Synaptic input correlations leading to membrane potential decorrelation of spontaneous activity in cortex

Michael Graupner, Alexander Reyes

Research output: Contribution to journalArticle

Abstract

Correlations in the spiking activity of neurons have been found in many regions of the cortex under multiple experimental conditions and are postulated to have important consequences for neural population coding. While there is a large body of extracellular data reporting correlations of various strengths, the subthreshold events underlying the origin and magnitude of signal-independent correlations (called noise or spike count correlations) are unknown. Here we investigate, using intracellular recordings, how synaptic input correlations from shared presynaptic neurons translate into membrane potential and spike-output correlations. Using a pharmacologically activated thalamocortical slice preparation, we perform simultaneous recordings from pairs of layer IV neurons in the auditory cortex of mice and measure synaptic potentials/currents, membrane potentials, and spiking outputs. We calculate cross-correlations between excitatory and inhibitory inputs to investigate correlations emerging from the network. We furthermore evaluate membrane potential correlations near resting potential to study how excitation and inhibition combine and affect spike-output correlations.Wedemonstrate directly that excitation is correlated with inhibition thereby partially canceling each other and resulting in weak membrane potential and spiking correlations between neurons. Our data suggest that cortical networks are set up to partially cancel correlations emerging from the connections between neurons. This active decorrelation is achieved because excitation and inhibition closely track each other. Our results suggest that the numerous shared presynaptic inputs do not automatically lead to increased spiking correlations.

Original languageEnglish (US)
Pages (from-to)15075-15085
Number of pages11
JournalJournal of Neuroscience
Volume33
Issue number38
DOIs
StatePublished - 2013

Fingerprint

Membrane Potentials
Neurons
Synaptic Potentials
Auditory Cortex
Noise
Research Design
Population

ASJC Scopus subject areas

  • Neuroscience(all)

Cite this

Synaptic input correlations leading to membrane potential decorrelation of spontaneous activity in cortex. / Graupner, Michael; Reyes, Alexander.

In: Journal of Neuroscience, Vol. 33, No. 38, 2013, p. 15075-15085.

Research output: Contribution to journalArticle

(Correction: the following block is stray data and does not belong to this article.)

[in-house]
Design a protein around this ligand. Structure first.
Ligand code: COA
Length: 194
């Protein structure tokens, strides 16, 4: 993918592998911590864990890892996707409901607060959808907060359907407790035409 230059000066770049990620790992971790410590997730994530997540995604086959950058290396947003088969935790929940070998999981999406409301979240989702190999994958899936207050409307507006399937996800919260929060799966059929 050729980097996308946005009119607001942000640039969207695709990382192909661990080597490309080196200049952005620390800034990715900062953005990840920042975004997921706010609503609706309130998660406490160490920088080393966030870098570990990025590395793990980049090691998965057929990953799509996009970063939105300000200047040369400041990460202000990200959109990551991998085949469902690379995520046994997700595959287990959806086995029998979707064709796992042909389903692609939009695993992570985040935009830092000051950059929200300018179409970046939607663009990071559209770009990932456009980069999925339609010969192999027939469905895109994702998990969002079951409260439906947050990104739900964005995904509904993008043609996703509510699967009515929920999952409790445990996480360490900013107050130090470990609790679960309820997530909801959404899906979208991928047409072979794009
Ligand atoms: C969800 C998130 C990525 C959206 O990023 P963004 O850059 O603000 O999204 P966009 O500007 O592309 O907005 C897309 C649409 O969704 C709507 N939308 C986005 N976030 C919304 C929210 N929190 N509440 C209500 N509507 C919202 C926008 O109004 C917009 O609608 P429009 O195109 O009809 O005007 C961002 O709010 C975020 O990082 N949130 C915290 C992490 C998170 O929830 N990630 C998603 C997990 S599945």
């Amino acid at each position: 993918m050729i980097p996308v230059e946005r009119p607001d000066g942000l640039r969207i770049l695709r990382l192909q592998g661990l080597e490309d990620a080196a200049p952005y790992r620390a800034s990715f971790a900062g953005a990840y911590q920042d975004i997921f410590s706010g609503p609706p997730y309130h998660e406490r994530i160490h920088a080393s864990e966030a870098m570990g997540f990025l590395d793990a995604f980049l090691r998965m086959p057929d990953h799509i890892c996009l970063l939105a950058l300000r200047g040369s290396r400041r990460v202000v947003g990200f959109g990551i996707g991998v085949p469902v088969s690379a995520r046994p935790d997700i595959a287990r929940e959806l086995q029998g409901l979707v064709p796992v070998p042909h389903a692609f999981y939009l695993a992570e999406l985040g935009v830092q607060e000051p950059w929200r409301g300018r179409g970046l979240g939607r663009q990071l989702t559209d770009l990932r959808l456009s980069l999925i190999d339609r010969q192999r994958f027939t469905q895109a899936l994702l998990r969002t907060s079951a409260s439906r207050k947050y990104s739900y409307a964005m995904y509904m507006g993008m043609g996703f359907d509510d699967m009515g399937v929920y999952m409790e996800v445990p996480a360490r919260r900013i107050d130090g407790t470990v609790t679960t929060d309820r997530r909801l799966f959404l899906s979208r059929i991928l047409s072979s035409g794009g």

@article{316a70b18dae431cbe401277cf9c344a,
title = "Synaptic input correlations leading to membrane potential decorrelation of spontaneous activity in cortex",
abstract = "Correlations in the spiking activity of neurons have been found in many regions of the cortex under multiple experimental conditions and are postulated to have important consequences for neural population coding. While there is a large body of extracellular data reporting correlations of various strengths, the subthreshold events underlying the origin and magnitude of signal-independent correlations (called noise or spike count correlations) are unknown. Here we investigate, using intracellular recordings, how synaptic input correlations from shared presynaptic neurons translate into membrane potential and spike-output correlations. Using a pharmacologically activated thalamocortical slice preparation, we perform simultaneous recordings from pairs of layer IV neurons in the auditory cortex of mice and measure synaptic potentials/currents, membrane potentials, and spiking outputs. We calculate cross-correlations between excitatory and inhibitory inputs to investigate correlations emerging from the network. We furthermore evaluate membrane potential correlations near resting potential to study how excitation and inhibition combine and affect spike-output correlations.Wedemonstrate directly that excitation is correlated with inhibition thereby partially canceling each other and resulting in weak membrane potential and spiking correlations between neurons. Our data suggest that cortical networks are set up to partially cancel correlations emerging from the connections between neurons. This active decorrelation is achieved because excitation and inhibition closely track each other. Our results suggest that the numerous shared presynaptic inputs do not automatically lead to increased spiking correlations.",